The End of Discrimination

March 21 is International Day for the Elimination of Racial Discrimination. On that day in 1960, in South Africa, police opened fire on a peaceful demonstration against apartheid, killing 69 and injuring 180. In 1966, the United Nations General Assembly called on all nations to focus on change, to double down to eliminate racial discrimination in all its forms. How far have we come in 56 years, considering what we are witnessing around the world? We look at the inequities and the by-products created by racism and prejudice beyond our borders, covering our eyes and holding our hearts in shock at police brutality in the States, while feeling blameless. This is a dangerous perspective.

February was Black History month. I took the opportunity to access the myriad of information available, of sites dedicated to the courage of people of colour in Canada, including the well-known Viola Desmond and the not so well-known Lulu Anderson. I came across Bashir Mohamed, an Edmonton-based writer. He shared his work with CBC’s Black on the Prairies project ( “Black people have lived in Alberta for more than two hundred years,” said Bashir Mohamed, but in 2016 Bashir experienced racism firsthand while riding his bike in downtown Edmonton. This racist attack left Bashir wondering about Alberta’s history. He unearthed disturbing evidence of racism – Edmonton City Council’s passing of a motion calling for black immigration to be halted; an Alberta Member of Parliament’s speech entitled “We want no dark spots in Alberta” printed in the Edmonton Journal (1911); doctors receiving bonuses for every black person they refused entry to; segregated movie theatres and swimming pools; hospitals refusing black patients care. Bashir found a “long and consistent history that showed institutional barriers, institutional discrimination” and he found Lulu Anderson.

Lulu Anderson was thrown out of an Edmonton theatre in May of 1922, despite having a ticket. She sued the theatre. She lost. The Winnipeg Free Press followed up with a report stating, “colour line confirmed”. In 1971, the Alberta government destroyed legal records from 1921 – 1949, including Anderson’s case. Why those years? Lulu Anderson’s courage does not form part of the education curriculum. Why is that? It is essential for all of us to see the truth of those experiences recorded in history books, to expose when society went wrong and what we are doing to right those wrongs. Society very seldom gets it right, but we need to arm children with the knowledge and evidence of those wrongs so they might grow up to create a different reality.

During Black History month, I re-read Desmond Cole’s The Skin We’re In, which documents struggles with racism in Canada over the course of one year (2017). It was a national Best Seller and winner of the 2020 Toronto Book Award. I urge everyone to read this “courageous, unflinching masterpiece” (Quill & Quire). I then turned to Diversity Thunder Bay on March 2 to hear Dr. Scott Hamilton, a professor at Lakehead University in the Department of Anthropology, speak about the Legacy of the Indian Residential School System. He reminded listeners that Residential Schools don’t just form the historic backdrop of racism in Canada. The trauma is still with us; the schools were still operational in 1996. “It is a contemporary issue,” he reminded us. Dr. Hamilton spoke of the Darwinian theory published in 1859 gaining notice at that time and being wildly misinterpreted. Many grabbed on to the false notion of evolution as an “improvement”, “a single path toward civilization”, a claim that was overtly racist, with a false “sense of superiority”. Dr. Hamilton referred to Conrad Black’s Rise to Greatness published in 2014 which was factually incorrect, reeking of the same sense of superiority. The focus of Dr. Hamilton’s talk was the forty-five years of research that has gone into looking for possible burial sites at residential schools, referring to the CSI effect where the public expects immediate answers, like a 42-minute television episode, and the media’s “superficial treatment of complex science”. Dr. Hamilton submitted his work’s report in 2015, a report that was quickly forgotten. The Kamloops 2021 discovery triggered fury and his report was re-released. Dr. Hamilton’s presentation was informative and thoughtful, inspiring those in attendance to refocus their sense of purpose, to engage in action and conversation for change.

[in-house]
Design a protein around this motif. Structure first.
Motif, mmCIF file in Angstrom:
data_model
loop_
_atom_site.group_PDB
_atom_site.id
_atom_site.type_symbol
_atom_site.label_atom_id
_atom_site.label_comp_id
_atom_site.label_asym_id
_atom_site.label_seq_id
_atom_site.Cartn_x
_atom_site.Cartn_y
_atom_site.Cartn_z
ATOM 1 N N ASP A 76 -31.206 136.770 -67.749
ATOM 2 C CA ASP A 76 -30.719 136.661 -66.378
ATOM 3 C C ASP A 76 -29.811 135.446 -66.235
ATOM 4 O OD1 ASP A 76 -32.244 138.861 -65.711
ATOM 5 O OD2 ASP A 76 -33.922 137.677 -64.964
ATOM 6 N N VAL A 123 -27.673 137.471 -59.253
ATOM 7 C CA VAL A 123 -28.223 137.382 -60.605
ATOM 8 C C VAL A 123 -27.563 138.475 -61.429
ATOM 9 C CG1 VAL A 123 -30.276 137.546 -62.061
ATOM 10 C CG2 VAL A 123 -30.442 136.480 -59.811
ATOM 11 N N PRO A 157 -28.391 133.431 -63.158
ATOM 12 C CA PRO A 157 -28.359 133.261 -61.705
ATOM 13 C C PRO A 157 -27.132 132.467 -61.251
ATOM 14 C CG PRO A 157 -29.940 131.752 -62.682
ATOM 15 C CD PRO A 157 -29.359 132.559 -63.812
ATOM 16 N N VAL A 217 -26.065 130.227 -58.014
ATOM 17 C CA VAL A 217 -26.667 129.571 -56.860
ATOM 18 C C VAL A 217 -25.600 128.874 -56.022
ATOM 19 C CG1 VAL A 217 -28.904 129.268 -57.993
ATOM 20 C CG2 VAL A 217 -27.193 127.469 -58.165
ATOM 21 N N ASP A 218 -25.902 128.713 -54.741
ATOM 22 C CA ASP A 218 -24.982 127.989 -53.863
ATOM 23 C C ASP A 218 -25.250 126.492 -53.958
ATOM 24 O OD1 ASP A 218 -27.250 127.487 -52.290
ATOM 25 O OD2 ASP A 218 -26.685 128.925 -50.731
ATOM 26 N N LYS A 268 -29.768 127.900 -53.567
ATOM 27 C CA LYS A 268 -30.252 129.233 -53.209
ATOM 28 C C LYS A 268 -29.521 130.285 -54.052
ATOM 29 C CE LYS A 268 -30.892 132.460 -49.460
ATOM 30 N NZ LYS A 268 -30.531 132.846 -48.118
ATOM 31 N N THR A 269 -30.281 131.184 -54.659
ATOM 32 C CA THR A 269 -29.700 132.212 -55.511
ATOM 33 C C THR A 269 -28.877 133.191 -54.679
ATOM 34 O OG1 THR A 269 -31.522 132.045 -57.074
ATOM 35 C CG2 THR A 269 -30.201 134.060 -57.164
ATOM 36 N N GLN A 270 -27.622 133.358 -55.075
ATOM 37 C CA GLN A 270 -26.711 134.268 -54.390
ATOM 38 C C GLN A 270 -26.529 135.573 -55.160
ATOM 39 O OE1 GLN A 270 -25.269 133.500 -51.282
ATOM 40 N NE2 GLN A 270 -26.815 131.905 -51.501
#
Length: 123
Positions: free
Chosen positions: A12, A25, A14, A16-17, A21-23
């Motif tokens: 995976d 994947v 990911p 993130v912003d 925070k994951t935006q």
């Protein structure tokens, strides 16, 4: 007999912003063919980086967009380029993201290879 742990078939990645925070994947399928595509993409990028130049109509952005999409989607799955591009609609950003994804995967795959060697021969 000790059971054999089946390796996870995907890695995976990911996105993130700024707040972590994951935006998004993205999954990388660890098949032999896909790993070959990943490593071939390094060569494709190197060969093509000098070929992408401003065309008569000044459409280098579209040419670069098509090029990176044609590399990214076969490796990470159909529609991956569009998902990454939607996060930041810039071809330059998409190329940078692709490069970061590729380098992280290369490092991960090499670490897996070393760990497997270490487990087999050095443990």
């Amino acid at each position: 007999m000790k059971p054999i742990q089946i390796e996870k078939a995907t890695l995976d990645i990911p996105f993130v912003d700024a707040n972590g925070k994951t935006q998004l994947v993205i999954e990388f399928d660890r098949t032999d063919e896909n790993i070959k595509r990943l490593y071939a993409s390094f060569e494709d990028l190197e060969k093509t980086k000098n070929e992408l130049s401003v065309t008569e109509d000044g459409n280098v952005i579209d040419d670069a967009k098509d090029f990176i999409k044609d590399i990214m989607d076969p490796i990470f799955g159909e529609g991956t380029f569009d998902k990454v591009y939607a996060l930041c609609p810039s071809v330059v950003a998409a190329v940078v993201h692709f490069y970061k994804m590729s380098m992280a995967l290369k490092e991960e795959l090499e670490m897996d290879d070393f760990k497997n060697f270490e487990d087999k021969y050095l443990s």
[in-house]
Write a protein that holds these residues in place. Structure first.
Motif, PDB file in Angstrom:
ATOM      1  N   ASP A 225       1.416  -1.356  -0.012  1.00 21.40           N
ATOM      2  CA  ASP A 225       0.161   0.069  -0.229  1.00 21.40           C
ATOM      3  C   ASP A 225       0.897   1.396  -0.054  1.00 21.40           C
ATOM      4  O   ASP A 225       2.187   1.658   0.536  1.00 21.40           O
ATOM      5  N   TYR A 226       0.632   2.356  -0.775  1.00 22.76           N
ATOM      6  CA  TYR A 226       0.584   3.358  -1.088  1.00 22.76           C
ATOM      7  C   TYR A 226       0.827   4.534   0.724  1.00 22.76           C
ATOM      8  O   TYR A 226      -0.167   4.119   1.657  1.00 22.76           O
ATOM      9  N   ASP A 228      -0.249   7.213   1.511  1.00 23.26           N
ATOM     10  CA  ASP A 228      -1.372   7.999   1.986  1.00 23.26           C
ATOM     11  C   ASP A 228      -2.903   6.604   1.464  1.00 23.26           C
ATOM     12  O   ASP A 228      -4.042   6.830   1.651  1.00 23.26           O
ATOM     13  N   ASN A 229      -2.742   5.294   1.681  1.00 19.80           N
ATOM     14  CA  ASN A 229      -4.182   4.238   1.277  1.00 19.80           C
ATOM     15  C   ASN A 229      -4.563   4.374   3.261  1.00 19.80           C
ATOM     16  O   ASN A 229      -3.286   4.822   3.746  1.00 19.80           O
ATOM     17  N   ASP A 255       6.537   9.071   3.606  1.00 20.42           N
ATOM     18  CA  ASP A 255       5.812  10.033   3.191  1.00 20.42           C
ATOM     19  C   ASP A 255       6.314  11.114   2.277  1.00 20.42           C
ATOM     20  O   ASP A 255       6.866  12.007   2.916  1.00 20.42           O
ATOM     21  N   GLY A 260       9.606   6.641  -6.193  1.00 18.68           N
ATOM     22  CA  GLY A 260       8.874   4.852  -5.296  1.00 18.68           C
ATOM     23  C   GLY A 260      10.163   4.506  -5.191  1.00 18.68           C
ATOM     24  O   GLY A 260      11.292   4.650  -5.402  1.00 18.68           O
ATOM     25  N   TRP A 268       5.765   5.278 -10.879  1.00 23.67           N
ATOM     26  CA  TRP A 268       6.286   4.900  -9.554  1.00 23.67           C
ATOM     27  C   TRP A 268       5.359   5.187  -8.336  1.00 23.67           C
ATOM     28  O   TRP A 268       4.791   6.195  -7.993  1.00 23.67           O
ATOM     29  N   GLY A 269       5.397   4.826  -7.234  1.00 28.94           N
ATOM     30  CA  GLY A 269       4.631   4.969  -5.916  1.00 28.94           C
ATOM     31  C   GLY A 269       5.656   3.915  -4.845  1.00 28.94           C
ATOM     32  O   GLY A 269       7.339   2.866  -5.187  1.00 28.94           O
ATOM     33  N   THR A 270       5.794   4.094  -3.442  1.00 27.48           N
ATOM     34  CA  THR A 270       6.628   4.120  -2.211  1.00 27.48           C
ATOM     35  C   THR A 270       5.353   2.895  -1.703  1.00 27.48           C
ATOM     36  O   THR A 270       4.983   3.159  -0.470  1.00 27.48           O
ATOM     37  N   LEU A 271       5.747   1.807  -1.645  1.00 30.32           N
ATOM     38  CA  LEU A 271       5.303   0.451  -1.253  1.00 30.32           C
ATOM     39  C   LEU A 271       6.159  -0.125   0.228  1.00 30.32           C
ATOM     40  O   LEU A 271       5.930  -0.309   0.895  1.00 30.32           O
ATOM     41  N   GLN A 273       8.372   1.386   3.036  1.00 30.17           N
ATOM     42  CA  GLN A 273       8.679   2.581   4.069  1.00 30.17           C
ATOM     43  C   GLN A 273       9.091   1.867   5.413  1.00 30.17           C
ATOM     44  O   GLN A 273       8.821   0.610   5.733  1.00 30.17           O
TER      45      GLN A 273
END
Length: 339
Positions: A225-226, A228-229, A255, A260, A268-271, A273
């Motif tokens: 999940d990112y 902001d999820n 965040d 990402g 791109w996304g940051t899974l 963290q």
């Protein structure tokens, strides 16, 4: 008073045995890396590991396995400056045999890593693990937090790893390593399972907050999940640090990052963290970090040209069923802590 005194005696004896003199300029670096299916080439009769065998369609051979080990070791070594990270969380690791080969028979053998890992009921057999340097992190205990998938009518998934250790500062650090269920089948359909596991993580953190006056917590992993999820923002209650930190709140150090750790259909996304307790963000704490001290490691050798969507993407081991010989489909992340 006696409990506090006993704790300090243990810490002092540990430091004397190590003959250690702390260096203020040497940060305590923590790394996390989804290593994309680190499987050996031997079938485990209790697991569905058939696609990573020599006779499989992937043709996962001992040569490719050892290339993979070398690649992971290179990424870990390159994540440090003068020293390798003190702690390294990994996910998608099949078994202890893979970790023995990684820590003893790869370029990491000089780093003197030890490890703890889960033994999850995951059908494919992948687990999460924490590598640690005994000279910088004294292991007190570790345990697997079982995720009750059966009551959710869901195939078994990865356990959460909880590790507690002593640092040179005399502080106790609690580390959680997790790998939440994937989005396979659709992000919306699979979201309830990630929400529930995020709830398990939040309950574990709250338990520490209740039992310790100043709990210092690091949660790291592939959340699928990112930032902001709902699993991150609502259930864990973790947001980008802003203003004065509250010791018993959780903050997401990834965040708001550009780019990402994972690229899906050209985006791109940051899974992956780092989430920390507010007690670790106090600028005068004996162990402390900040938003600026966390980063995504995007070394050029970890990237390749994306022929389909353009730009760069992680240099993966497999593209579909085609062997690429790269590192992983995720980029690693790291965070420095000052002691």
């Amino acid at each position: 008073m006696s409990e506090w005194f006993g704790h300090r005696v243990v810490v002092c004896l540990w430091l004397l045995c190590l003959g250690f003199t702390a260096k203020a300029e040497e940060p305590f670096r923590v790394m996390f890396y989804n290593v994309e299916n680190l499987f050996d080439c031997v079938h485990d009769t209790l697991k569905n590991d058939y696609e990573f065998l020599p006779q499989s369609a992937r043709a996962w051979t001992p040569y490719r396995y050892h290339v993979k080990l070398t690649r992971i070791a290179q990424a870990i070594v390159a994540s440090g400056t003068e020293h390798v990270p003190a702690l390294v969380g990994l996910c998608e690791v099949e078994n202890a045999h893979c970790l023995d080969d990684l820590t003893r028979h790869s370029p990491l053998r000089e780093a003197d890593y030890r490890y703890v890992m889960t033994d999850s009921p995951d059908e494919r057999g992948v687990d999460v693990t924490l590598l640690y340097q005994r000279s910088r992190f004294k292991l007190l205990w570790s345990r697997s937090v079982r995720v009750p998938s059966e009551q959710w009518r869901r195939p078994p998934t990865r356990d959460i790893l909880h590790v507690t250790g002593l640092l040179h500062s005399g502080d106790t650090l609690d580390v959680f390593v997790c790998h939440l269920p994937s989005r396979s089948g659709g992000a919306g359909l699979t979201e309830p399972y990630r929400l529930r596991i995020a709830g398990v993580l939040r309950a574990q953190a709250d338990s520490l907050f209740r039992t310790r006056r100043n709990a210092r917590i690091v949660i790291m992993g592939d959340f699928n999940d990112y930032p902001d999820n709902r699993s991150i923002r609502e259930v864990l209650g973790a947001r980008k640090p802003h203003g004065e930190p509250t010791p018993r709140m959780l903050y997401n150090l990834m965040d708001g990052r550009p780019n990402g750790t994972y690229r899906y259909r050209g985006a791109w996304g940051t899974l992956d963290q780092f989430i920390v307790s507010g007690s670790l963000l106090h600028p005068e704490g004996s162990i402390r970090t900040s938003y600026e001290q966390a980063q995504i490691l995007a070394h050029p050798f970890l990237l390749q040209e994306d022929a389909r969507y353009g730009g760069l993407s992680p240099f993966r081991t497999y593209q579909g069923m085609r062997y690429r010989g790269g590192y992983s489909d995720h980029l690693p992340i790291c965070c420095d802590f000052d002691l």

My responsibility as a human-being is to educate myself on that which needs to change, so that I can participate in that change wherever possible. Those who have suffered from racism aren’t looking to blame, but want to be heard, need to know that together we strive for equality, to bring about the Elimination of Racial Discrimination.